"A genuinely Catholic life should feed the soul as well as the mind; should offer a vision of men and women made whole by the love of God, the knowledge of creation, and the reality of things unseen; should enable us to see the beauty of the world in the light of eternity; and should help us recapture the nobility of the human story and the dignity of the human person. This is the kind of witness that sets fire to the human heart."
—Archbishop Charles J. Chaput
In this eBook original, Charles J. Chaput, the Archbishop of Philadelphia, offers a powerful manifesto on the need for Americans to protect religious freedom.
As he notes, principles that Americans find self-evident—the dignity of the human person, the sanctity of conscience, the separation of political and sacred authority, the distinction between secular and religious law, the idea of a civil society pre-existing and distinct from the state—are not widely shared elsewhere in the world, and in recent years seem to be in jeopardy on our own shores.
Archbishop Chaput offers a call to action for leadership both here and abroad to challenge this damaging trend. By thoughtfully interpreting and applying Catholic values to this confusing moment in history, he provides hope for an American audience hungry for courage and counsel.
About Charles J. Chaput
CHARLES J. CHAPUT, O.F.M. Cap., the nation's first Native American archbishop, was raised in a small town in Kansas and served previously as bishop of Rapid City, SD, and archbishop of Denver. He has become one of the Catholic Church's most visible and articulate leaders in the United States, consistently engaging the great moral debates of the nation. He is the author of the Catholic bestseller Render Unto Caesar.
This splendid eBook is a clarion call for Catholics to embrace their calling to be authentic witnesses in every aspect of social life. With passion and eloquence, Archbishop Chaput makes the case that our country is at a crucial turning point, and that faith-filled citizens—men and women with “hearts on fire”-- can and must play their role in building a better future.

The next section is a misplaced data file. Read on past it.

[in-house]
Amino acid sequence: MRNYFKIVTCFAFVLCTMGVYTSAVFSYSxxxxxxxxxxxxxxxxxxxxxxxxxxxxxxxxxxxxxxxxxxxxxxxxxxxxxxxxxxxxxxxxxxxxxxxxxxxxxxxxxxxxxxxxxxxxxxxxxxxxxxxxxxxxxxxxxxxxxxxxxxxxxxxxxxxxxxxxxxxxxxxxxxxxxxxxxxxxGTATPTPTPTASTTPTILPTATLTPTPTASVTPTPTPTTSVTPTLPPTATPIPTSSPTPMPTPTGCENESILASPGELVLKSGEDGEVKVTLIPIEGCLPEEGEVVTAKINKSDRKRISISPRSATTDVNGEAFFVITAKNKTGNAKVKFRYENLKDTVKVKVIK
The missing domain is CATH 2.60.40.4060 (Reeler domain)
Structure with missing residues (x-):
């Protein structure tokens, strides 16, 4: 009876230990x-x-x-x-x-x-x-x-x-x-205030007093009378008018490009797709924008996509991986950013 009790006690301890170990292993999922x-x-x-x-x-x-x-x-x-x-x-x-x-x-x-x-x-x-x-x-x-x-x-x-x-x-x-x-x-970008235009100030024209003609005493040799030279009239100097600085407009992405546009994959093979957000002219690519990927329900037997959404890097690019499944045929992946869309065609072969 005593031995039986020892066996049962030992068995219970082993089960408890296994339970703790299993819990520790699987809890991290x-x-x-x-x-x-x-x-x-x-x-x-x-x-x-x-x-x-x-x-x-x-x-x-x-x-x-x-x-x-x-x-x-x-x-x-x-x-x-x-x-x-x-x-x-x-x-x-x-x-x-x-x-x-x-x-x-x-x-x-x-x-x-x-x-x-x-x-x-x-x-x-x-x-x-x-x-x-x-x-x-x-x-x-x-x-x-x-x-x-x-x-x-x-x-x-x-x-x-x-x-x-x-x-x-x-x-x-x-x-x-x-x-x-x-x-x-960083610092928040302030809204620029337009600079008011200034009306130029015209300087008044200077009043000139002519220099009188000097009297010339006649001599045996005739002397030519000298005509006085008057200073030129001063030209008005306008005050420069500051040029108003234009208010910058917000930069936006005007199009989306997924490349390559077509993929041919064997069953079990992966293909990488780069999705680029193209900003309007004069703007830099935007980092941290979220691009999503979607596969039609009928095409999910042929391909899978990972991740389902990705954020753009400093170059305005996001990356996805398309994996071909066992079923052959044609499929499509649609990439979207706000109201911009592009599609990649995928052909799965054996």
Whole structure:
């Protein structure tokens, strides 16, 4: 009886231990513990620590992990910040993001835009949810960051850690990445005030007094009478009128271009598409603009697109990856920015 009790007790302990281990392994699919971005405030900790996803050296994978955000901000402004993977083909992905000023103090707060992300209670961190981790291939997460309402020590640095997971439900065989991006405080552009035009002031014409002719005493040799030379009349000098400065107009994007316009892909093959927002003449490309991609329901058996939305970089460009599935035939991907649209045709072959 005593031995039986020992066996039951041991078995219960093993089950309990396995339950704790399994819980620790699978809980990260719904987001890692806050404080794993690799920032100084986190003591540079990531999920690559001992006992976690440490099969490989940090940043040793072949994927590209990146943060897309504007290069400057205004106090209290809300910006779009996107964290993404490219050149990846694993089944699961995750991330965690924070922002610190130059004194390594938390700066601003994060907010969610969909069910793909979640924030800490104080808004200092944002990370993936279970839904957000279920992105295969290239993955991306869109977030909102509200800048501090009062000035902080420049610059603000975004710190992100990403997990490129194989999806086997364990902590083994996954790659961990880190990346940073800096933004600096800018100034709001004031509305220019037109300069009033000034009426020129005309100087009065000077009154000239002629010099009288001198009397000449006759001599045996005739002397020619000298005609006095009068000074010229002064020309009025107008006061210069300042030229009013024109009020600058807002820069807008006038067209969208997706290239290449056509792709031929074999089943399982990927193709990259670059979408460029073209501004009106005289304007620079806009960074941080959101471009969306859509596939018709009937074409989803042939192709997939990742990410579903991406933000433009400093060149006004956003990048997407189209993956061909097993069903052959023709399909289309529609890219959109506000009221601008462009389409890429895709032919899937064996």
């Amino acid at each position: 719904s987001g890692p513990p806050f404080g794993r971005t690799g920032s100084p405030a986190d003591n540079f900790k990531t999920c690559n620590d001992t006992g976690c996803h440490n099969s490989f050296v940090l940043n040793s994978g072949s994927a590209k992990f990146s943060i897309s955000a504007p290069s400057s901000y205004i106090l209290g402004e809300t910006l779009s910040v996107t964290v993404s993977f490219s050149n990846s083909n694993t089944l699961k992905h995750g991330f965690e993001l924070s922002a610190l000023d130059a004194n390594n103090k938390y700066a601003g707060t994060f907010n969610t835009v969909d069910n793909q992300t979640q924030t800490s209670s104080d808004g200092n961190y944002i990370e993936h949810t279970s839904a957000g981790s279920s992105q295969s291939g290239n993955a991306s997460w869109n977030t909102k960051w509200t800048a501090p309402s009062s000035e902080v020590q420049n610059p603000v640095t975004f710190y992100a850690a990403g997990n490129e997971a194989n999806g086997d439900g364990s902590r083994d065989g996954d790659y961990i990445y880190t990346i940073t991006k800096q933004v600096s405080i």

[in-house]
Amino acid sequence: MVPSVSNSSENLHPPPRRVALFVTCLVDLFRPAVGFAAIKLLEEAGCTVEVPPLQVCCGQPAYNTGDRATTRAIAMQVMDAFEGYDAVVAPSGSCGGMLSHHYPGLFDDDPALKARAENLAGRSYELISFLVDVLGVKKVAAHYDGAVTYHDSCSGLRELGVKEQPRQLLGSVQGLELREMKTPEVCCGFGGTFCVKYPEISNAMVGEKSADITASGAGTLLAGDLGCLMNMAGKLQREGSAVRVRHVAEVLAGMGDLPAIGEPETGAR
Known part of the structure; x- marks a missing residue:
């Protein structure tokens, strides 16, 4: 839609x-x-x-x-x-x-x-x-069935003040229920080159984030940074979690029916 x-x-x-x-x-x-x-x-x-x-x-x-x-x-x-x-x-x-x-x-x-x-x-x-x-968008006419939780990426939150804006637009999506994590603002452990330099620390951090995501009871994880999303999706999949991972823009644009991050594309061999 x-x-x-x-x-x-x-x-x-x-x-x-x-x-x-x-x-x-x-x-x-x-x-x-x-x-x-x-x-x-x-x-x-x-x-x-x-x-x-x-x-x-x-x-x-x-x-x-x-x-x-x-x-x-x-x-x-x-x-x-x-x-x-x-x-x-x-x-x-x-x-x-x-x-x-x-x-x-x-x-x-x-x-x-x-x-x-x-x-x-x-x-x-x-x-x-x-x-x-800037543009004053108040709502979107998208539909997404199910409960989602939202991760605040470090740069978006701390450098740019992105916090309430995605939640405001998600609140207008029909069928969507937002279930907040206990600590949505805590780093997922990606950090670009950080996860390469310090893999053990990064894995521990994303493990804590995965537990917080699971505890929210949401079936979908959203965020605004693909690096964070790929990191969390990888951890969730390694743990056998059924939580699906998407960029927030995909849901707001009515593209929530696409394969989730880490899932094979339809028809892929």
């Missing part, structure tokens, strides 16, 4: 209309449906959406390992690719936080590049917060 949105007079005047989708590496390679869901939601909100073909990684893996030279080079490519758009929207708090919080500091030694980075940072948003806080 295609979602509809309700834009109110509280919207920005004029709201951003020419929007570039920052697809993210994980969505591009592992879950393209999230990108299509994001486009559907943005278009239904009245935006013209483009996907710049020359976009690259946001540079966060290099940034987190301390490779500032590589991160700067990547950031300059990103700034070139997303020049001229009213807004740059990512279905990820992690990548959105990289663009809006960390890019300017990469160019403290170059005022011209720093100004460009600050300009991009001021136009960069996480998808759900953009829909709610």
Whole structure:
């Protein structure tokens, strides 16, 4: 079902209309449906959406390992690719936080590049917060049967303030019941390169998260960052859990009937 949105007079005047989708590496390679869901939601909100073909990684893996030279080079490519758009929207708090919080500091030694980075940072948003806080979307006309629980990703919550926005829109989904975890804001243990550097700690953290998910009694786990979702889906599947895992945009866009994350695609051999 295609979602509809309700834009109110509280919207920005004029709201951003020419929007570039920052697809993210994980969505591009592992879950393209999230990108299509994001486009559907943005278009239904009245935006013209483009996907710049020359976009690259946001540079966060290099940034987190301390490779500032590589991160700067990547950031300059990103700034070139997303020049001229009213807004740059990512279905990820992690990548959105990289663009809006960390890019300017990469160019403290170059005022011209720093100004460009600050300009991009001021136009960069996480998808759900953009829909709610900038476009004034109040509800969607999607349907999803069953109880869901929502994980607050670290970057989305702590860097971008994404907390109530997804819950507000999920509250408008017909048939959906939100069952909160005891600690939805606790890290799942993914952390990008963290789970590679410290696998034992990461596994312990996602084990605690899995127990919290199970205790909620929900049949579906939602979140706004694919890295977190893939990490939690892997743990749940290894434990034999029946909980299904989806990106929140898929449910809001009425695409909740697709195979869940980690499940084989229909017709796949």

-Mary Ann Glendon, Author of The Forum and the Tower: How Scholars and Politicians Have Imagined the World
Archbishop Charles Chaput is the American episcopate's most acute analyst of the Catholic situation in America, and the American situation in Catholicism, today.
-George Weigel, author of The End and the Beginning: Pope John Paul II—The Victory of Freedom, the Last Years, the Legacy
In A Heart on Fire, Archbishop Chaput speaks with clarity and force about a central predicament facing America today: the diminution of a Christian voice in the public life of our nation. Chaput rightly insists that Americans must recognize the vital contribution religion has made historically to a vibrant public discourse. The true fate of a public Christian voice, however, lies in the hearts of Christian believers and their eagerness to transmit the faith to which they are heirs. Archbishop Chaput’s essay marks an important contribution to an urgent discussion that American Christians cannot afford to forego.
-John Garvey, President, The Catholic University of America
Archbishop Charles Chaput is one of the clearest, most courageous voices in American Catholicism, and this sharp, witty, well-reasoned reflection reminds us why. In tracing both the historical roots of America’s unique religious situation and the daunting challenges that confront us today, he makes a compelling case for the central role that Catholics must play in shaping the future of our republic. And he reminds us that when it comes to defending our God-given freedoms, there is no substitute for holy boldness.
-Colleen Carroll Campbell, host of EWTN’s Faith & Culture, author of The New Faithful, and former presidential speechwriter
Archbishop Chaput has written in clear and moving style an essay that situates the Catholic Church in a society ever more culturally secularized. Examining the reasons for the present societal impasse, he also uncovers anew our reason for hope.
-Cardinal Francis George, O.M.I., Archbishop of Chicago